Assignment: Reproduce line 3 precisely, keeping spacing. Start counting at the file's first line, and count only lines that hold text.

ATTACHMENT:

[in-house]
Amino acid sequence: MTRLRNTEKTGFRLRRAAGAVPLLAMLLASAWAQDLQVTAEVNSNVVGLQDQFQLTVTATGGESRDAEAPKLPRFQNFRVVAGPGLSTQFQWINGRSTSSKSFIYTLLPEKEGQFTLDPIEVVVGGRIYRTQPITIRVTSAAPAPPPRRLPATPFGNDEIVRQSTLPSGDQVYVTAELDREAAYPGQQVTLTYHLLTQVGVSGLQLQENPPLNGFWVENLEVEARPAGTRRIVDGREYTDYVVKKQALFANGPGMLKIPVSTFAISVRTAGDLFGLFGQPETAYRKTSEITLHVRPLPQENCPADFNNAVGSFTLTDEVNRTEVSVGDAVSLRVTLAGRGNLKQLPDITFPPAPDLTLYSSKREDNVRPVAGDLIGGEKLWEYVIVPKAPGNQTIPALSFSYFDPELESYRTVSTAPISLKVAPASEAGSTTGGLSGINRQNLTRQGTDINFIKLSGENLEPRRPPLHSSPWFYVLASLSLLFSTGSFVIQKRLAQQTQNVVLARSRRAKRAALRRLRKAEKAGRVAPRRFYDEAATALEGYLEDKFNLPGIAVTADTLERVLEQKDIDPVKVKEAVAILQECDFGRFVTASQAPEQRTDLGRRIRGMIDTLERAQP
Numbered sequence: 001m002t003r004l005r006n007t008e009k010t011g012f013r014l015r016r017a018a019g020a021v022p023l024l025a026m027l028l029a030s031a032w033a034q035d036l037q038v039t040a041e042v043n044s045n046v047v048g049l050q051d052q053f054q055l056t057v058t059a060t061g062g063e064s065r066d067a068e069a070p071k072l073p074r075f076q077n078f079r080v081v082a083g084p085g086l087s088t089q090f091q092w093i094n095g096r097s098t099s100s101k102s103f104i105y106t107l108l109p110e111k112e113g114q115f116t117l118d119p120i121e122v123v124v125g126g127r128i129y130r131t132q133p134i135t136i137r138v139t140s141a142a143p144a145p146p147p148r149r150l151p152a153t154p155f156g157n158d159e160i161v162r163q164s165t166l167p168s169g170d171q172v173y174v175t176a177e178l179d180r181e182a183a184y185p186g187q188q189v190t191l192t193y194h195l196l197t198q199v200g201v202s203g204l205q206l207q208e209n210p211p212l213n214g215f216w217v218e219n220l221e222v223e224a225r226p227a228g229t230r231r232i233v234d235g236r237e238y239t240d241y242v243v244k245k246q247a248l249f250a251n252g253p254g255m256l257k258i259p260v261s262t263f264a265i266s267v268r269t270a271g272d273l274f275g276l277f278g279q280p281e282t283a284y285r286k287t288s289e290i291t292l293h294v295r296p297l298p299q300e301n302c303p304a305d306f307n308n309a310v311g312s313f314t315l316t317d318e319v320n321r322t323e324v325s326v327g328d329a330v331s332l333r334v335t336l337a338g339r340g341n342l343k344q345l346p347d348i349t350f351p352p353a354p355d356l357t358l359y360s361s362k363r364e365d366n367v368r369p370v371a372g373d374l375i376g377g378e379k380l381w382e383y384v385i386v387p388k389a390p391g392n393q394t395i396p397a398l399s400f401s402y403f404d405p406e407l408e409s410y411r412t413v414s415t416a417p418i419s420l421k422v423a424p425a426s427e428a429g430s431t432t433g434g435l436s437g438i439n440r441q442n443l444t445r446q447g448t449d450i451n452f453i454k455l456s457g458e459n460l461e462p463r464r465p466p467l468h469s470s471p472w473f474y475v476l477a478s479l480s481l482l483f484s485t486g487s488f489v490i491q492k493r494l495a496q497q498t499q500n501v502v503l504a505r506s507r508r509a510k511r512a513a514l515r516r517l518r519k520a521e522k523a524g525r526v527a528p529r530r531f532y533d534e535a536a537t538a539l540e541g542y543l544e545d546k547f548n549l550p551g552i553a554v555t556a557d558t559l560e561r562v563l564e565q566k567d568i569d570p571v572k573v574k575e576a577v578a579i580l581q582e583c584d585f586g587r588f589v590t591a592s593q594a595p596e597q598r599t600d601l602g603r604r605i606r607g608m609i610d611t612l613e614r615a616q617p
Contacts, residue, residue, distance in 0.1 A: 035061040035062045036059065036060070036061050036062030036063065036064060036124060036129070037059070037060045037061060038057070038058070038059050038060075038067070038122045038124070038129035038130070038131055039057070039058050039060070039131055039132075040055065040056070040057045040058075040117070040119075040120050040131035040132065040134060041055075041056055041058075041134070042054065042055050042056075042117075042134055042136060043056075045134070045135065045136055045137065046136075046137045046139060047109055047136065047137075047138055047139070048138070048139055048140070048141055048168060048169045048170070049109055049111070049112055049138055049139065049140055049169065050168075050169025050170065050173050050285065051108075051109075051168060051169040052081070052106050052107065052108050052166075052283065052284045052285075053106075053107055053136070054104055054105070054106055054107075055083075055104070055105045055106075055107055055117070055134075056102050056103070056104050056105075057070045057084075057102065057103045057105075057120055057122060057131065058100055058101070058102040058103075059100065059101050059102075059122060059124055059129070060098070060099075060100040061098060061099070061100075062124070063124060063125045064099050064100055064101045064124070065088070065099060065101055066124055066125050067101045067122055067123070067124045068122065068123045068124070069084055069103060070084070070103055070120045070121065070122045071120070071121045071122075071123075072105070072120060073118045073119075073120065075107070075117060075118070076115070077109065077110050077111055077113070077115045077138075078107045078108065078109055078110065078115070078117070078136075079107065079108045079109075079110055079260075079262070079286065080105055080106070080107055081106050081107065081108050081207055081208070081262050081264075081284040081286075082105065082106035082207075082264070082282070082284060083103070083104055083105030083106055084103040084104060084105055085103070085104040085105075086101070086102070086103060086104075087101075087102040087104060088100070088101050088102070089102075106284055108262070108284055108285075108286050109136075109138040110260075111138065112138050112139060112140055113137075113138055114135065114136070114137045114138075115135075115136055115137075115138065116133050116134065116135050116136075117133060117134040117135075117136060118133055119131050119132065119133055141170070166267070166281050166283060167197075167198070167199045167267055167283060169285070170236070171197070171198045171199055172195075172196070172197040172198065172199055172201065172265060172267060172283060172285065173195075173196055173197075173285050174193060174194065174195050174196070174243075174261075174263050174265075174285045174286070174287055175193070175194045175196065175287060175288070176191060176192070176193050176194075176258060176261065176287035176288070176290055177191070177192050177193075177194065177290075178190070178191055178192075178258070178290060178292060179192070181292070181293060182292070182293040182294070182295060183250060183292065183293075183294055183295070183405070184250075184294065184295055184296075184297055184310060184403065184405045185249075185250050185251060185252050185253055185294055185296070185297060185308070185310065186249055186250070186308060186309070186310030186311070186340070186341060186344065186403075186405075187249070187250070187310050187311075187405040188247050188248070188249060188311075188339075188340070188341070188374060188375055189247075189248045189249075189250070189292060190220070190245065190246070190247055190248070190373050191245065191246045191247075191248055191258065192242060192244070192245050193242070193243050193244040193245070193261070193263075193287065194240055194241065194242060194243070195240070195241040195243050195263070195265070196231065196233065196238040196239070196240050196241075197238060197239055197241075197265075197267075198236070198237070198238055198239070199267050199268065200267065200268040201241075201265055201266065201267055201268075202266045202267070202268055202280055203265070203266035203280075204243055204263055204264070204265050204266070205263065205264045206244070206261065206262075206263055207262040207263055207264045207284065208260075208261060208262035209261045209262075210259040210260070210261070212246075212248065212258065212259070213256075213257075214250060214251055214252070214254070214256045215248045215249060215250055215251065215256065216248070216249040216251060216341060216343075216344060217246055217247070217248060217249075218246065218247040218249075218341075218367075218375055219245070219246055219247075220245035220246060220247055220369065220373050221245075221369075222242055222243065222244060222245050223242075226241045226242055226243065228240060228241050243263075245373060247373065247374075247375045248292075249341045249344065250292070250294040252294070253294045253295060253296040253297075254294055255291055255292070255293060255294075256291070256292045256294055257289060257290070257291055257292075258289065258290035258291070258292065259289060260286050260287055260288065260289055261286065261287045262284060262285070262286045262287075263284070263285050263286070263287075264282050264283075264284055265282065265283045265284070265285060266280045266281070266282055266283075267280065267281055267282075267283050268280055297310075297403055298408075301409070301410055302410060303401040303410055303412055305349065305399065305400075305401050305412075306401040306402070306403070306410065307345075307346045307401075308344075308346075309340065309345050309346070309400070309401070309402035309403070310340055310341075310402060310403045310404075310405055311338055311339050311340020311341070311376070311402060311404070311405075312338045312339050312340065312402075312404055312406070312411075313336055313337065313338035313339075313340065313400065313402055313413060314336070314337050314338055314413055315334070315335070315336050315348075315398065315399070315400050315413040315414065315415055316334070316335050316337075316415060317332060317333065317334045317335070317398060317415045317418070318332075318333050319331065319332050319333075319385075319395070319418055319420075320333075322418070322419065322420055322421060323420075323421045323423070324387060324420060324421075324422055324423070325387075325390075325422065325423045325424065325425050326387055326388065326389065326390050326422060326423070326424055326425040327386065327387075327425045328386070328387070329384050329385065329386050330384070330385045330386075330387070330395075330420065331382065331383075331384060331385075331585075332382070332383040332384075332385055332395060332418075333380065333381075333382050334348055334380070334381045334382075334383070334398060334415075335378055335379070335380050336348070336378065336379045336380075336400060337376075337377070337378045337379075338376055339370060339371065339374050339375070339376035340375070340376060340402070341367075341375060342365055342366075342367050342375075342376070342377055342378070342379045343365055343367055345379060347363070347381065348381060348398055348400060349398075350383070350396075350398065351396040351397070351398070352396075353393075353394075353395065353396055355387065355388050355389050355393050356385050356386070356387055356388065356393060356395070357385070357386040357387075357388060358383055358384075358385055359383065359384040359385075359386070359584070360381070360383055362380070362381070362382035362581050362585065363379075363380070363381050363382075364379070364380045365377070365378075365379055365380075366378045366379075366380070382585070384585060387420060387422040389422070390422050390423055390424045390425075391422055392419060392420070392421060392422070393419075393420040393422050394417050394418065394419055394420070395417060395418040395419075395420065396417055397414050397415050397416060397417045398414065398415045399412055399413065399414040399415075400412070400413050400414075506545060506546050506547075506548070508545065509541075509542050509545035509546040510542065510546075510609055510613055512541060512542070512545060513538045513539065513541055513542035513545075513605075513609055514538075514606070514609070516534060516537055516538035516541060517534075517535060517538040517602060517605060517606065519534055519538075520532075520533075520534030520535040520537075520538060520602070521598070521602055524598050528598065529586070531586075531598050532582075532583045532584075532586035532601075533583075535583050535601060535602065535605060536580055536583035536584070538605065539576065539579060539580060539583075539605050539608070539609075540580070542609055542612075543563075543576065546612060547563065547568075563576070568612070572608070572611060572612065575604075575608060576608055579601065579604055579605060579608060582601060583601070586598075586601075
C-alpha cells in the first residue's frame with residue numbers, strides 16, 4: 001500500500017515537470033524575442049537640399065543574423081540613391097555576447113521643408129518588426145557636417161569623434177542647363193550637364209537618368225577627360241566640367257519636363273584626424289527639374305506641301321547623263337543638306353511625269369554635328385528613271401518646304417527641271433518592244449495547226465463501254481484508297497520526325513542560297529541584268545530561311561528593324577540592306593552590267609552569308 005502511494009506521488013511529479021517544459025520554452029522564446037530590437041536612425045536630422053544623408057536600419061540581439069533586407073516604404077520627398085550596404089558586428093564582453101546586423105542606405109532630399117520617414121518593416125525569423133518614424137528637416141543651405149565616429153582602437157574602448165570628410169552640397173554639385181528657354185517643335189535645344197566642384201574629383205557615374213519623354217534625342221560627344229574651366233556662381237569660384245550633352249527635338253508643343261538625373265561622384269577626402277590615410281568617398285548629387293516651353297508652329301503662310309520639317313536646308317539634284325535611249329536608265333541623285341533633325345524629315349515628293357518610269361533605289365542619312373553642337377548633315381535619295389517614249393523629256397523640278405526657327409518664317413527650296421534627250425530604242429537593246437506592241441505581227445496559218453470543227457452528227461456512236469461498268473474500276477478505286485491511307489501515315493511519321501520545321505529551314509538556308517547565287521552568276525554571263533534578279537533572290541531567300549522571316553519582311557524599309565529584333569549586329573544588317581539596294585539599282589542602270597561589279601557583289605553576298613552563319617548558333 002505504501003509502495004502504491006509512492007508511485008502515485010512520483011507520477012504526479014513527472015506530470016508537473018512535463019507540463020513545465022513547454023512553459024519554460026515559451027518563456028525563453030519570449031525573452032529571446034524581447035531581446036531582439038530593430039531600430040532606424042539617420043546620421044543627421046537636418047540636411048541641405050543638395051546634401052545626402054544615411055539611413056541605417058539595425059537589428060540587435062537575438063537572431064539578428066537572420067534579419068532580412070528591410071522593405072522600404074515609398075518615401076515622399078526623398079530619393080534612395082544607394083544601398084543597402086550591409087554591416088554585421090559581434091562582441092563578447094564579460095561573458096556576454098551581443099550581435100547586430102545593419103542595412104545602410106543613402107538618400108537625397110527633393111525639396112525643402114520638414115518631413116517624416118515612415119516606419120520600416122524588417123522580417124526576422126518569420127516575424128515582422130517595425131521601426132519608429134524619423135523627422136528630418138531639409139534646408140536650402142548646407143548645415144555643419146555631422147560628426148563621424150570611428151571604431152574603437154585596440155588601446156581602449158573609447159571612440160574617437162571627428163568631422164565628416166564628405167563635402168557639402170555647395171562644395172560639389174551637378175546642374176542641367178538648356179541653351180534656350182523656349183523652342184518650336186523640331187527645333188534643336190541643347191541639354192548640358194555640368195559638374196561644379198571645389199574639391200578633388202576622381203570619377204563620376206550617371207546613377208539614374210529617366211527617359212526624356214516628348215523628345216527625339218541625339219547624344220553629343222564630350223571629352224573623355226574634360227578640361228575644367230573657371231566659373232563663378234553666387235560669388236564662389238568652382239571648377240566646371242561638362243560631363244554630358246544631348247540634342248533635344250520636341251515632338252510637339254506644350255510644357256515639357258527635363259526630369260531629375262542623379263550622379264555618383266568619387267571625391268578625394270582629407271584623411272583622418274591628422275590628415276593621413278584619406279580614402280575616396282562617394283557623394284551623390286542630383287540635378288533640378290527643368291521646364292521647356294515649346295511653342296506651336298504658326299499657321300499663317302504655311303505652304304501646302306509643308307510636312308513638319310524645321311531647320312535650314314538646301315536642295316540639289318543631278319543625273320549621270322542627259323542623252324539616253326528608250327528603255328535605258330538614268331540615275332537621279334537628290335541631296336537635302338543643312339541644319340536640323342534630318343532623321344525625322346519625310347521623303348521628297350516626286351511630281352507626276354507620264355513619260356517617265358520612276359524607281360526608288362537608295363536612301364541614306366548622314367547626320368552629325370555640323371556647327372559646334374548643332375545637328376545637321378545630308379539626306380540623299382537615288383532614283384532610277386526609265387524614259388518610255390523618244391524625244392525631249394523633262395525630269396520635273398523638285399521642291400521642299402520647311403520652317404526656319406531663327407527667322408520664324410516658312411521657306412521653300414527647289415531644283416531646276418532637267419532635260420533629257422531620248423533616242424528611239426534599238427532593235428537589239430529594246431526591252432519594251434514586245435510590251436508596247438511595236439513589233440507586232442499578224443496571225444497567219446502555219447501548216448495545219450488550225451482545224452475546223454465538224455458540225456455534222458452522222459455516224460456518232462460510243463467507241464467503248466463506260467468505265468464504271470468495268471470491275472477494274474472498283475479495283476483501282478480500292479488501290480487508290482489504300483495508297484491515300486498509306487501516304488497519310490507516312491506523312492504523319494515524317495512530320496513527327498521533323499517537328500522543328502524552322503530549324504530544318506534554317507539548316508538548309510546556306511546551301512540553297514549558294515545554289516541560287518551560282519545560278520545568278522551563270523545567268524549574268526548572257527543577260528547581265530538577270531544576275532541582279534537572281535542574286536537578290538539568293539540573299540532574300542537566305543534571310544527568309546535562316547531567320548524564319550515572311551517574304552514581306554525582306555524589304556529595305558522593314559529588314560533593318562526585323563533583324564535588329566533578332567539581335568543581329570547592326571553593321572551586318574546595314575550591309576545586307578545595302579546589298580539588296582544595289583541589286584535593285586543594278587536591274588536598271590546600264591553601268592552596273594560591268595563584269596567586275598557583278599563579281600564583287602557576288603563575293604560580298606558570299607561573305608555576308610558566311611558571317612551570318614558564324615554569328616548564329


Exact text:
Numbered sequence: 001m002t003r004l005r006n007t008e009k010t011g012f013r014l015r016r017a018a019g020a021v022p023l024l025a026m027l028l029a030s031a032w033a034q035d036l037q038v039t040a041e042v043n044s045n046v047v048g049l050q051d052q053f054q055l056t057v058t059a060t061g062g063e064s065r066d067a068e069a070p071k072l073p074r075f076q077n078f079r080v081v082a083g084p085g086l087s088t089q090f091q092w093i094n095g096r097s098t099s100s101k102s103f104i105y106t107l108l109p110e111k112e113g114q115f116t117l118d119p120i121e122v123v124v125g126g127r128i129y130r131t132q133p134i135t136i137r138v139t140s141a142a143p144a145p146p147p148r149r150l151p152a153t154p155f156g157n158d159e160i161v162r163q164s165t166l167p168s169g170d171q172v173y174v175t176a177e178l179d180r181e182a183a184y185p186g187q188q189v190t191l192t193y194h195l196l197t198q199v200g201v202s203g204l205q206l207q208e209n210p211p212l213n214g215f216w217v218e219n220l221e222v223e224a225r226p227a228g229t230r231r232i233v234d235g236r237e238y239t240d241y242v243v244k245k246q247a248l249f250a251n252g253p254g255m256l257k258i259p260v261s262t263f264a265i266s267v268r269t270a271g272d273l274f275g276l277f278g279q280p281e282t283a284y285r286k287t288s289e290i291t292l293h294v295r296p297l298p299q300e301n302c303p304a305d306f307n308n309a310v311g312s313f314t315l316t317d318e319v320n321r322t323e324v325s326v327g328d329a330v331s332l333r334v335t336l337a338g339r340g341n342l343k344q345l346p347d348i349t350f351p352p353a354p355d356l357t358l359y360s361s362k363r364e365d366n367v368r369p370v371a372g373d374l375i376g377g378e379k380l381w382e383y384v385i386v387p388k389a390p391g392n393q394t395i396p397a398l399s400f401s402y403f404d405p406e407l408e409s410y411r412t413v414s415t416a417p418i419s420l421k422v423a424p425a426s427e428a429g430s431t432t433g434g435l436s437g438i439n440r441q442n443l444t445r446q447g448t449d450i451n452f453i454k455l456s457g458e459n460l461e462p463r464r465p466p467l468h469s470s471p472w473f474y475v476l477a478s479l480s481l482l483f484s485t486g487s488f489v490i491q492k493r494l495a496q497q498t499q500n501v502v503l504a505r506s507r508r509a510k511r512a513a514l515r516r517l518r519k520a521e522k523a524g525r526v527a528p529r530r531f532y533d534e535a536a537t538a539l540e541g542y543l544e545d546k547f548n549l550p551g552i553a554v555t556a557d558t559l560e561r562v563l564e565q566k567d568i569d570p571v572k573v574k575e576a577v578a579i580l581q582e583c584d585f586g587r588f589v590t591a592s593q594a595p596e597q598r599t600d601l602g603r604r605i606r607g608m609i610d611t612l613e614r615a616q617p